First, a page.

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The Color Purple At Home Review.

Following the hugely successful Sunset Boulevard in Concert, that ran over the Christmas period, Curve and The Birmingham Hippodrome bring audiences The Color Purple At Home. This latest offering of online streams whilst theatres are unable to open is right up there with the very best that theatre can offer. 

Tinuke Craig's award-winning production is brought back to life following its 2019 run with such skill in adapting to the social distancing guidelines. The use of the revolve that Curve had donated to them by Sir Cameron Mackintosh is tremendous. It creates a circular stage which allows the camera to get right up close to the action and capture every emotion on the actor's faces. The use of the revolve allows the actors who aren’t in the current scene to sit around the circle and in turn become an audience. 

The cast of The Color Purple at Home. Photo by Pamela Raith

Marsha Norman's adaptation, based on the original novel by Alice Walker, tells the quite brutal story of Celie in 1920s America and the struggles she must overcome. Along the way, she faces racism, incest, domestic abuse, poverty and sexism. Whilst this might sound like a tough watch, and at times it is, it's also a beautiful story of a woman finding her self worth. That message of hope and resilience is ever more so relevant as we continue in the fight against the pandemic. 

Right from the opening number, the joyously gospel 'Mysterious Ways', I was hooked. There are not many shows that sound this good, you will not find a better company of voices. The music and lyrics by Brenda Russell, Allee Willis and Stephen Bray mixed gospel, soul and musical theatre. Martin Higgins brilliant orchestrations and the 7 piece band under the musical direction of Alex Parker create a beautiful sound. Sound designer Tom Marshall keeps the production rooted in its American roots with a lovely undercutting soundscape.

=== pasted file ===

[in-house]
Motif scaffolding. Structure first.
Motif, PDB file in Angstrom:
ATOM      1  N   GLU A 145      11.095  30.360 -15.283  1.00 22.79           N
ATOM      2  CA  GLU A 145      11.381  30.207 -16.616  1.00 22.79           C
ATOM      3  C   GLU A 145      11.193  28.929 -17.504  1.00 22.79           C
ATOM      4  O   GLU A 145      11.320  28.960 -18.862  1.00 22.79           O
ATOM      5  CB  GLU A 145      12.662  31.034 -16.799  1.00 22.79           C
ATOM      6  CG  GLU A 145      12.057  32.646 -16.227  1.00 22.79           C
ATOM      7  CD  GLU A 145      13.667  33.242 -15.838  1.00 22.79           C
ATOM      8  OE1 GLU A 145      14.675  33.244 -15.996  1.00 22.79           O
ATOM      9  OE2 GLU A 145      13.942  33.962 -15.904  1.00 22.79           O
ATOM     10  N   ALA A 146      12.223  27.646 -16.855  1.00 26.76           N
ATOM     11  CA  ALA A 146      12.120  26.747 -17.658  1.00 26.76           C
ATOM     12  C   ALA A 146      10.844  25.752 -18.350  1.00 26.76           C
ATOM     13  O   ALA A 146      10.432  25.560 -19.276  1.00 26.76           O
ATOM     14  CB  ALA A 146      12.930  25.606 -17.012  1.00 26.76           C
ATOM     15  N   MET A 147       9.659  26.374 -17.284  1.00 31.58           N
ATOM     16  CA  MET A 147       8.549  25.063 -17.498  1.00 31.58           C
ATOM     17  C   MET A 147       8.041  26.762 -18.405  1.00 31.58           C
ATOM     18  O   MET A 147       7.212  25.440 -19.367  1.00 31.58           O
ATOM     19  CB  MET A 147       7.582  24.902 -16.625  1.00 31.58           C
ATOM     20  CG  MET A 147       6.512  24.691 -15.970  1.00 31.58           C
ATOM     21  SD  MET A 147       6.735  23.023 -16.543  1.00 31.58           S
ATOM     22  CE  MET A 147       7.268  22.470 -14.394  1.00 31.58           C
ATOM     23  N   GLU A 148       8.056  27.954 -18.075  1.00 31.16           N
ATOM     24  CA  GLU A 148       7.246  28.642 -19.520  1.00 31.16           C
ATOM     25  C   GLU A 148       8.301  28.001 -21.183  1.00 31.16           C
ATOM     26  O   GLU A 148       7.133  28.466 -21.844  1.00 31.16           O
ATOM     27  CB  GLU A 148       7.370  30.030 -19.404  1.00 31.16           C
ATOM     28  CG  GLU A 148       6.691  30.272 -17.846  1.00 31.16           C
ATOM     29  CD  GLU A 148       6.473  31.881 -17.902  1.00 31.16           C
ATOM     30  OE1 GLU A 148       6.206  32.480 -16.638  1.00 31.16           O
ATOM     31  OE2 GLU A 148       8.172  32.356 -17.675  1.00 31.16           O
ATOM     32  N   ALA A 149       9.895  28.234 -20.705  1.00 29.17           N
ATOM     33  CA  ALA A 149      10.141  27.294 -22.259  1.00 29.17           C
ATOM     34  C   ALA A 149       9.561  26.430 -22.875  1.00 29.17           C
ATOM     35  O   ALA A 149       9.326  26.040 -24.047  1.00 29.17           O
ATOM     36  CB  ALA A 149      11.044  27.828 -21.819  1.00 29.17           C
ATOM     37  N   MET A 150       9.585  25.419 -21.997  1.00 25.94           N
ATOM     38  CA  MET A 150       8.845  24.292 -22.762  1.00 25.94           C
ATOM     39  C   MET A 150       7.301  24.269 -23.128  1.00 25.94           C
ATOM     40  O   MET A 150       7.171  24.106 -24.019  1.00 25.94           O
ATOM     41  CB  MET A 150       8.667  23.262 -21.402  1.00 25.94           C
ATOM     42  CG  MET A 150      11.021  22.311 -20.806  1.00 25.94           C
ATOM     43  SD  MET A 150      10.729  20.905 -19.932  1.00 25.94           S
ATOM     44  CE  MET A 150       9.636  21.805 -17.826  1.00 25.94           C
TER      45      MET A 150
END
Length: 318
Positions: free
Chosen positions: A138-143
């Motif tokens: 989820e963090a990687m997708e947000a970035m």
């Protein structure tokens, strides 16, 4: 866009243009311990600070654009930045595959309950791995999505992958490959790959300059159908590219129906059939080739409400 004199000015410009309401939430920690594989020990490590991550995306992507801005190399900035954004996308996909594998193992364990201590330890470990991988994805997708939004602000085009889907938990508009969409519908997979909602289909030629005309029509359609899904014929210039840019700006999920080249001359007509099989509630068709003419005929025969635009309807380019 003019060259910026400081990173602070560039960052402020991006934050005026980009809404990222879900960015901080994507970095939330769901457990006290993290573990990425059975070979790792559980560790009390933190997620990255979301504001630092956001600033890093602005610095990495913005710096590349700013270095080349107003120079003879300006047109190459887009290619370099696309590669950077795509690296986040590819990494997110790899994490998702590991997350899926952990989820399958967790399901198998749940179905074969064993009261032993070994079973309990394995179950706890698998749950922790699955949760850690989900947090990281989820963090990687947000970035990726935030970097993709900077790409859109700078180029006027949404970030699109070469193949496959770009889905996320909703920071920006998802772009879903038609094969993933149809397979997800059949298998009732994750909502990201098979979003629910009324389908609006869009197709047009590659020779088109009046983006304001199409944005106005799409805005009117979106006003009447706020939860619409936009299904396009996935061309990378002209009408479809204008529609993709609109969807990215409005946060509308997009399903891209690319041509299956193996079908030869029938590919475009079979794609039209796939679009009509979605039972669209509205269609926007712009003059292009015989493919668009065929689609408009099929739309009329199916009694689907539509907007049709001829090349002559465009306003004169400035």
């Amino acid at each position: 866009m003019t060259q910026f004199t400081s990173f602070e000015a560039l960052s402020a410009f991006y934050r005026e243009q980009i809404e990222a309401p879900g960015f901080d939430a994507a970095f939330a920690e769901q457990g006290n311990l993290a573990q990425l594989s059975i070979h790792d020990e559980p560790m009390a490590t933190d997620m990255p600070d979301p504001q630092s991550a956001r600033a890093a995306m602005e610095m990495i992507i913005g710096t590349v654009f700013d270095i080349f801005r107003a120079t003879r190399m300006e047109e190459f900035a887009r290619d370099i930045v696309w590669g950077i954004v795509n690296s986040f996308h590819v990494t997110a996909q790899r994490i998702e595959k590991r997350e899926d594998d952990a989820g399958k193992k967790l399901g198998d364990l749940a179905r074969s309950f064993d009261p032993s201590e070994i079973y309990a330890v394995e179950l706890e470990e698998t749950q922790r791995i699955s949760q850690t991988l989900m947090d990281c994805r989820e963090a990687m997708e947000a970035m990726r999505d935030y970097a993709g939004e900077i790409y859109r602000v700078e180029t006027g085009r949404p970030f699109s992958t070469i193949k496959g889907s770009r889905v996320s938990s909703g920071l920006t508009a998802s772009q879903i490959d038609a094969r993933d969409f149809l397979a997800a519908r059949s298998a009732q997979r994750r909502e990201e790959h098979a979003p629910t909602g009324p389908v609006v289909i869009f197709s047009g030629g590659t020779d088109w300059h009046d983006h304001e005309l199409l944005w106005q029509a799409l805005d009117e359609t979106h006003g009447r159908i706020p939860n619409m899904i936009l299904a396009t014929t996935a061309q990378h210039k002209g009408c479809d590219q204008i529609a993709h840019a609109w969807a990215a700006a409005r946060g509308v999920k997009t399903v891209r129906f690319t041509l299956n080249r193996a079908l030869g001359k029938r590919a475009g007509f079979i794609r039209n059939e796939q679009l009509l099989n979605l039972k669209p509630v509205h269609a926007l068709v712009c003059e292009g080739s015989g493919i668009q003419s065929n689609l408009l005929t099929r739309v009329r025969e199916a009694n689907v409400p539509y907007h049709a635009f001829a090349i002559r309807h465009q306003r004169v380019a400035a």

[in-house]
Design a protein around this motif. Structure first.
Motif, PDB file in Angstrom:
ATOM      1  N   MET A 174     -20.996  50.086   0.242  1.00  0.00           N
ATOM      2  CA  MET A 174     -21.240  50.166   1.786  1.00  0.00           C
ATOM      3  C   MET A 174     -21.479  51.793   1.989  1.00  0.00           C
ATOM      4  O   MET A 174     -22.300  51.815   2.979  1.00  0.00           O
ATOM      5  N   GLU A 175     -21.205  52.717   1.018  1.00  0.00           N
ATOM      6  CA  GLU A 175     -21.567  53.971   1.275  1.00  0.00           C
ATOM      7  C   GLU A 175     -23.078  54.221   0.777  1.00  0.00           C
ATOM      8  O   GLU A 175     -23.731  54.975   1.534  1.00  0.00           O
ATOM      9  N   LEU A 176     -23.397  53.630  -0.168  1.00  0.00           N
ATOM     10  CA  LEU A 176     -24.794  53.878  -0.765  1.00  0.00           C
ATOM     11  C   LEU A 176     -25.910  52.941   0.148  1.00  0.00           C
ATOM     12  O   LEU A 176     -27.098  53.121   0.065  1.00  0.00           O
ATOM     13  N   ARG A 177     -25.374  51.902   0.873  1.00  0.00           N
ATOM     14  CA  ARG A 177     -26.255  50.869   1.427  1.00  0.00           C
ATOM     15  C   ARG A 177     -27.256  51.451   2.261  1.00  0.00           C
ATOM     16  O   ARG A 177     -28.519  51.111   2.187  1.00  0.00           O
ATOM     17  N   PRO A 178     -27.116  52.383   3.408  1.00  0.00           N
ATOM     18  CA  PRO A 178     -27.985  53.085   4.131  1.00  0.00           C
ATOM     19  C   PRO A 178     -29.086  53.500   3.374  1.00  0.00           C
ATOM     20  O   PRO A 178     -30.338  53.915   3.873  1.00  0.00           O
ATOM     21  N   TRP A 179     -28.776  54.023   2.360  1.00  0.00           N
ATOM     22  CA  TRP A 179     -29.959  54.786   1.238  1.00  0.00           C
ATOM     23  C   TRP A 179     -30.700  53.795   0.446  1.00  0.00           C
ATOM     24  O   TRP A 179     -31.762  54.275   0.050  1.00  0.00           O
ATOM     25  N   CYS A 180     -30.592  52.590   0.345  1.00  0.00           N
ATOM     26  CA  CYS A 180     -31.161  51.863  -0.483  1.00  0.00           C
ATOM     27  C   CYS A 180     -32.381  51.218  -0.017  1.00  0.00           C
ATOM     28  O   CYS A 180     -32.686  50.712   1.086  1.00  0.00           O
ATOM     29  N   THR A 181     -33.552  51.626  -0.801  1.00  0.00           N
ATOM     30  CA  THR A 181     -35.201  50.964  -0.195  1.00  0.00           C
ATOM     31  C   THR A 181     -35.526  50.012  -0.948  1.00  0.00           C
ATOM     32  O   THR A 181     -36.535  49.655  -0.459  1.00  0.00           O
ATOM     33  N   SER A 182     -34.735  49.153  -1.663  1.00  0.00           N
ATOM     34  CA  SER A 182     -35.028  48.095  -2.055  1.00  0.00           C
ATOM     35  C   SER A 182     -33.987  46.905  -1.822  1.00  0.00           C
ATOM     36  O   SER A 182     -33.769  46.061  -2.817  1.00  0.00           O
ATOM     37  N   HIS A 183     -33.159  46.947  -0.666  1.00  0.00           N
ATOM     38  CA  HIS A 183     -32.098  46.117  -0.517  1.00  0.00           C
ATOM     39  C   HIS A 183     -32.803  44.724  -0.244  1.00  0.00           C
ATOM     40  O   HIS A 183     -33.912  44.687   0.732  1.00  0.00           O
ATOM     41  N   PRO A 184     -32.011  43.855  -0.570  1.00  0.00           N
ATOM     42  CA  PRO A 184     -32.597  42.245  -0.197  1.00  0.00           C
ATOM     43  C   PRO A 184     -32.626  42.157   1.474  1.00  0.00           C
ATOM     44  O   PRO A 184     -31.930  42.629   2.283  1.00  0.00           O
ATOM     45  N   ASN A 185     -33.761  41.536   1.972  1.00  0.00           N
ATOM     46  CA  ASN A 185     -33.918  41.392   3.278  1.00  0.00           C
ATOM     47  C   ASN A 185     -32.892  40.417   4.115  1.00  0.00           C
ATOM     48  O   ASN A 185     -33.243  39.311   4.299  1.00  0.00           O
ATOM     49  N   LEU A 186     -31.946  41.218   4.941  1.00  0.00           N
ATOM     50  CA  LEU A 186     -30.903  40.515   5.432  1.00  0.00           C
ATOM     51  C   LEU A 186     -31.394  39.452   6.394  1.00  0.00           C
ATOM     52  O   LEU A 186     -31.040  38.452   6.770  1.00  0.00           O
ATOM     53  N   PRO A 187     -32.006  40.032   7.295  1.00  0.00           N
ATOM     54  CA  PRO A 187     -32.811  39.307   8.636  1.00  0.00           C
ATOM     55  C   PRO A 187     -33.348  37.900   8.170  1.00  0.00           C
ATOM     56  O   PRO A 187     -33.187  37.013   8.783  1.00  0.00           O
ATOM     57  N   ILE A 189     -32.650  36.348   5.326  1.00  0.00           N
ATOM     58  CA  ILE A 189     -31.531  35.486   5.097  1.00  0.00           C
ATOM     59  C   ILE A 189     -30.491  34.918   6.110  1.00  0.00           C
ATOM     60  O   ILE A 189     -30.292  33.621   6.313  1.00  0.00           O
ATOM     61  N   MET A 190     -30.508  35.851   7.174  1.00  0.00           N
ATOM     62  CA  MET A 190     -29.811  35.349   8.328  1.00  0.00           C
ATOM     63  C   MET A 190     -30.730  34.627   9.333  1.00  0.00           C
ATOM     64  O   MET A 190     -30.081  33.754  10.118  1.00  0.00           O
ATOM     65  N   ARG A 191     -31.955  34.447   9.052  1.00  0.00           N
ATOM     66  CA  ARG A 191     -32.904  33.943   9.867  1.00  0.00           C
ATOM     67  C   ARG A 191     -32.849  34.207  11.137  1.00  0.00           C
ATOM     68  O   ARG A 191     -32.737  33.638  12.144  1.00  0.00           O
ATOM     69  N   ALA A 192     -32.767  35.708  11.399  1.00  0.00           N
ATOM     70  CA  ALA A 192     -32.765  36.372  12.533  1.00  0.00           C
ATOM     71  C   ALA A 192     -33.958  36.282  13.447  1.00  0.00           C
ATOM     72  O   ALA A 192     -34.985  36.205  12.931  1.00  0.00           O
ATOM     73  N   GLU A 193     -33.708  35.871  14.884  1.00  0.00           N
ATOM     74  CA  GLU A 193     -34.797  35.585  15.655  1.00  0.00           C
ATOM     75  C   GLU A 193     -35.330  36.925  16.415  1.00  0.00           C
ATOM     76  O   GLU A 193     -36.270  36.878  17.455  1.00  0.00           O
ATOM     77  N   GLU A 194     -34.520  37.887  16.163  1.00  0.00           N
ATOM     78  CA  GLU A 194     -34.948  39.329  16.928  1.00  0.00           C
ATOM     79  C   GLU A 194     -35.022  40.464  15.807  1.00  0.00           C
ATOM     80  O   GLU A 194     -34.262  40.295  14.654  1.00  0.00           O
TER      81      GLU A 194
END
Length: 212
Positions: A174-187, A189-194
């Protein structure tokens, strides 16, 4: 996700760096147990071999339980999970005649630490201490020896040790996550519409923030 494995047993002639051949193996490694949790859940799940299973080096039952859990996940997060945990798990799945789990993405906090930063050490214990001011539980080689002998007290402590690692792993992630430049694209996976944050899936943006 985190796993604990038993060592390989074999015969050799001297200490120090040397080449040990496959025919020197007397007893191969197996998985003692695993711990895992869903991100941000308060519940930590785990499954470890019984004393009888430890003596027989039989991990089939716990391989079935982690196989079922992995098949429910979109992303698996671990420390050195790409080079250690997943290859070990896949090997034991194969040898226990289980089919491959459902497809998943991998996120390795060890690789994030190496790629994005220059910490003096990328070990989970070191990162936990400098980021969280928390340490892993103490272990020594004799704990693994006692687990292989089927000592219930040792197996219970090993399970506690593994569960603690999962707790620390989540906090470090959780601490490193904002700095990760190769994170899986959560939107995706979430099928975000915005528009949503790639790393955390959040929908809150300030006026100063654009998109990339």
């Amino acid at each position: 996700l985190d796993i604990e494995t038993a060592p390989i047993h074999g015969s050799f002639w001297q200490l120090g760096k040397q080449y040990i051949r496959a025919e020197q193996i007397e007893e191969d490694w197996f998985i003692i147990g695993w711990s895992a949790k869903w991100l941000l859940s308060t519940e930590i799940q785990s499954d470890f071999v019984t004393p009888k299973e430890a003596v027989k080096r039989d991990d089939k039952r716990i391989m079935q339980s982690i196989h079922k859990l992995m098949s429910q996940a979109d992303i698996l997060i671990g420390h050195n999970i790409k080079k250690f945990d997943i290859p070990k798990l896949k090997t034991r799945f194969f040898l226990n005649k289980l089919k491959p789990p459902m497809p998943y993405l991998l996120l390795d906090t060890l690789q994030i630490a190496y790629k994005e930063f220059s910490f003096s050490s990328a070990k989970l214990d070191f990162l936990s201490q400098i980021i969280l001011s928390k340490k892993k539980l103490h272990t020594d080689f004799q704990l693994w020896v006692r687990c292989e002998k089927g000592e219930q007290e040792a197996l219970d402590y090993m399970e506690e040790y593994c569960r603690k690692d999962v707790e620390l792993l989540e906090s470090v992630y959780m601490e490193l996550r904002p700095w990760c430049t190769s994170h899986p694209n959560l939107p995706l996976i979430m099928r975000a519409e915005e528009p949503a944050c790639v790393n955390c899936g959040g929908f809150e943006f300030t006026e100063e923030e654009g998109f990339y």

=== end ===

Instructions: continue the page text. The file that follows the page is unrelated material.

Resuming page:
Crosscut Media's cinematography is really top drawer. At times the characters break the fourth wall and address the camera directly, at other times the camera becomes one of the characters. That feeling when a character is looking directly into the camera delivering a line or performing a number really feels like they’re talking just to you.

The whole creative team have done a sterling job. Visually in terms of design, there are minimal props, so it turns to the Alex Lowde's costumes and Ben Cracknell's majestic lighting to bring the world of the show to life and it's gorgeous to look at. Mark Smith's choreography packs a real punch. I don't think this production could have been staged or captured in a better way in these difficult circumstances.

T'Shan Williams (Celie), Ako Mitchell (Mister) and Danielle Fiamanya (Nettie). Photo by Pamela Raith

T'Shan Williams is the linchpin of the production as Celie and what a star she is. Vocally she's outstanding, boy she can belt out when it's required but it's also her fragile moments that are just as stunning. Her characterisation is tremendous, you feel every word. I watched on in stunned silence as she sang 'I'm Here'. There's another star turn in Danielle Fiamanya's portrayal of Celie's sister Nettie. She is fantastic to watch. Together T'Shan's and Danielle's voices and harmonies blend together perfectly. 

Carly Mercedes Dyer is in her best form as Shug Avery, a club singer and love interest for Celie. Her arrival around 45 minutes into the first act really adds a lovely new dynamic. Carly has such a rare skill of capturing a character so well. There are strong performances throughout the company but  Ako Mitchell as Mister, Karen Mavundukure as Sofia and Simon-Anthony Rhoden as Harpo all stand out. A special mention should go to Anelisa Lamola for her astonishing vocals. 

T'Shan Williams (Celie) and Carly Mercedes Dyer (Shug Avery). Photo by Pamela Raith

The only thing missing from this production is the audience. That pin drop silence at the end of some of the musical numbers is deafening. A reminder that we're not able to the thing we love. I, unfortunately, didn't get to see the production live so I can only imagine how much the audience must have roared with appreciation. I always find seeing empty theatre's moving but something about this piece, especially the final sequence as you can see and feel the raw emotion of the actors and seeing the Curve's spaces captured so well deeply moved me.

Sometimes theatre stirs the right emotions inside you and this production of The Color Purple reminded me of everything I love about theatre. Powerful storytelling, delightful soul-filling music and a top-notch cast. I was taking notes for this review as I watched and I got to the end and simply wrote WOW in capital letters. I'm certainly going to book to watch it again before the run ends. 

Rating - ⭐⭐⭐⭐⭐ - a powerful and perfect production for these current times. Unmissable.

The Color Purple at Home streams from Curve online until Sunday 7th March. Tickets can be purchased from

The cast of The Color Purple at Home. Photo by Pamela Raith

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